The initial version of this catalogue (Armstrong et al., 2015) classified several thousand K2 variable stars in K2 fields 0 and 1. This classification was based on an interpretation of lightcurve periodicity, and split objects into Periodic, Quasiperiodic, and Aperiodic variables. Here we improve on this initial work, by applying an automated technique to classify variables into more usual classes. We extend the classification to K2 fields 0–4, and will release updates as more K2 fields become available.
Data are taken from the K2 satellite (Howell et al., 2014). K2 is the repurposed Kepler mission, and provides lightcurve flux measurements at a 30 minute ‘long’ cadence continuously for 80 days per target. Targets are organised into campaigns, with each campaign spanning an 80 day period and covering several thousand objects. A much smaller number of targets (a few tens per campaign) are available at the ‘short’ cadence of 1 minutes. For the purposes of this work, we restrict ourselves to long cadence data only, to preserve uniformity in the data. At the time of writing, 5 campaigns had been released to the public (covering fields 0–4), with more due as the mission continues. Four of these campaigns cover 80 days, with the first campaign 0 covering 40 days. We take data for these campaigns from the Michulski Archive for Space Telescopes (MAST) website111https://archive.stsci.edu/k2/, limiting ourselves to objects classified as stars in the MAST catalogue. This cut primarily removes a small number of solar system bodies and extended sources from the analysis. At this point, we have 68910 object lightcurves.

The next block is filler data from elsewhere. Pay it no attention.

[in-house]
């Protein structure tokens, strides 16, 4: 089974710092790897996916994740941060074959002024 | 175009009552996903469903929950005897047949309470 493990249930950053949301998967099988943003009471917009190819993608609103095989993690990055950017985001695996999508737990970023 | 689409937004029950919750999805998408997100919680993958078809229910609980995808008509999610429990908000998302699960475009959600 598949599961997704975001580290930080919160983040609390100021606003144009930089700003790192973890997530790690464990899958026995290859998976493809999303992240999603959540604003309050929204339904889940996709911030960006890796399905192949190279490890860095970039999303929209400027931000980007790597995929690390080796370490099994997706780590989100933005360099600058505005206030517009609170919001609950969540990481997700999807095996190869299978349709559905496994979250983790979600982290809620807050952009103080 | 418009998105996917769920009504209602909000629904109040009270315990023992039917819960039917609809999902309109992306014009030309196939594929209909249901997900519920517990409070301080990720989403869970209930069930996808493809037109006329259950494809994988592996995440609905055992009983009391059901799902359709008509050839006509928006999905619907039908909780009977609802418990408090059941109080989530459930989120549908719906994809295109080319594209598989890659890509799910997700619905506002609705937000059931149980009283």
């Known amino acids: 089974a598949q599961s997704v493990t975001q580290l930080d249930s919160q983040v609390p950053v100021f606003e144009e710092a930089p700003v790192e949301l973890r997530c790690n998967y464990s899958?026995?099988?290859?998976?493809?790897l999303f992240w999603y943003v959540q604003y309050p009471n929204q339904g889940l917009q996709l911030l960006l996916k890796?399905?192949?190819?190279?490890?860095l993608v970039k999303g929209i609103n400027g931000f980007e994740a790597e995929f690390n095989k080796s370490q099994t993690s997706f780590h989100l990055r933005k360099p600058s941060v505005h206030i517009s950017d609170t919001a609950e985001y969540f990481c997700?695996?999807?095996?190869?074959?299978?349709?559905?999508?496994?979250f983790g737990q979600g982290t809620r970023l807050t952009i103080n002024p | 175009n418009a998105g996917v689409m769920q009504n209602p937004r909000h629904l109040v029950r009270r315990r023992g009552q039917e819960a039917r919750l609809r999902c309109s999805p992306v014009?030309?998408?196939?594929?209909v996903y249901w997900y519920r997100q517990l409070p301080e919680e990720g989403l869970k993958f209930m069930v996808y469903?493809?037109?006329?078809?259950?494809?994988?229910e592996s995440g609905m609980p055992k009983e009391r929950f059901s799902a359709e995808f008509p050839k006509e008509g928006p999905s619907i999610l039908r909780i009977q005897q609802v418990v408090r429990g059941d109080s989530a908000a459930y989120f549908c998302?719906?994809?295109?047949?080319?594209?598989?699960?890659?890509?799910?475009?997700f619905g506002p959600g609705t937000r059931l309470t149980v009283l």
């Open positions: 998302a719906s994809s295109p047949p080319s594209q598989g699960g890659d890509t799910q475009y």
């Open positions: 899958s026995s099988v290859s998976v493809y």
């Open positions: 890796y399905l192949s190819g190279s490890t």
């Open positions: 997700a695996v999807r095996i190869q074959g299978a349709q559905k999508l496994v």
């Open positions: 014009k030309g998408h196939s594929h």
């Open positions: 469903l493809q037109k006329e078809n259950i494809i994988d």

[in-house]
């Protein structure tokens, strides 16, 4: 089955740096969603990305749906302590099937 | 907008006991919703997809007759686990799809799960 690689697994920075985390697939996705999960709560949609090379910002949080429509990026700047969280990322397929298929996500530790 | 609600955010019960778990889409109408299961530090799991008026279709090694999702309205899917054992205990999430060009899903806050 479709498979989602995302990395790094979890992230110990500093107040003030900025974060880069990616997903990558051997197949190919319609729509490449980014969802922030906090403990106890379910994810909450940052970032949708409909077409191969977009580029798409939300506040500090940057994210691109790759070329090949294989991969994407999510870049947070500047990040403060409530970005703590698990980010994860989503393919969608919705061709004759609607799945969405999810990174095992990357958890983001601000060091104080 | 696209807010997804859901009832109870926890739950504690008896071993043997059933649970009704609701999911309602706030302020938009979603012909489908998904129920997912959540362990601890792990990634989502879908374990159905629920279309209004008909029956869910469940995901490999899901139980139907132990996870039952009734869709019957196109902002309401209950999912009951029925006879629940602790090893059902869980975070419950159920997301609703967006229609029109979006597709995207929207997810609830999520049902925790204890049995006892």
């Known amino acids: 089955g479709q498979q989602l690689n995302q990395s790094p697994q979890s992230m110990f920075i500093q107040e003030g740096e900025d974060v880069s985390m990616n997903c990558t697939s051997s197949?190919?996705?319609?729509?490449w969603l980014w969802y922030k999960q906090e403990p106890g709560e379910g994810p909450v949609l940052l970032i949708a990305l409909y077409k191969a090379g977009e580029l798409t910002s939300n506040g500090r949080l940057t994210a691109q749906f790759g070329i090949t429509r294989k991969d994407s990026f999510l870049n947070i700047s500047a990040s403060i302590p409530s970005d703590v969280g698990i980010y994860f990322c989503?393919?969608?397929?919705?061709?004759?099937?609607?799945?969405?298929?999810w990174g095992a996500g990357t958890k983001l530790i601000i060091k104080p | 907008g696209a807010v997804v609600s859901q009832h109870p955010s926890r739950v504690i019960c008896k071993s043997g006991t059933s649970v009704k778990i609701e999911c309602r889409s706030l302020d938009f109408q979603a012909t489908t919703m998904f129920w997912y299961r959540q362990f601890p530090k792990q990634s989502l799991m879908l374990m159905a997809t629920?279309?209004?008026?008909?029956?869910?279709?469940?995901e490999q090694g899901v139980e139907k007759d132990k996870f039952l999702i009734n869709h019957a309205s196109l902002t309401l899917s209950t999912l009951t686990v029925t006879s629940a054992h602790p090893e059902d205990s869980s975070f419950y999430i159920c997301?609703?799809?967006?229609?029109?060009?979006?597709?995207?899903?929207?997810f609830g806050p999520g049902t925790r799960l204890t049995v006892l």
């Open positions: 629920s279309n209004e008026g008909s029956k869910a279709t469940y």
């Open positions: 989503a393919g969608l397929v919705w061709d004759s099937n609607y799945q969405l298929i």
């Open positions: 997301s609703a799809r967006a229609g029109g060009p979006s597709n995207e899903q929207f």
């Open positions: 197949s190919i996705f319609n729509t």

For the purposes of training the classifier, we also use data from the original Kepler mission. In these cases a single quarter of long cadence Kepler data is randomly selected. This covers 90 days, and hence is similar to a single K2 campaign in duration and cadence. Kepler does however have different noise properties than K2, particularly in regards to the 6 hour thruster firing, which is present in K2 but not in Kepler. Kepler data was also downloaded from MAST, and the Presearch-Data-Conditioning (PDC) detrended lightcurves (Stumpe et al., 2012; Smith et al., 2012) used.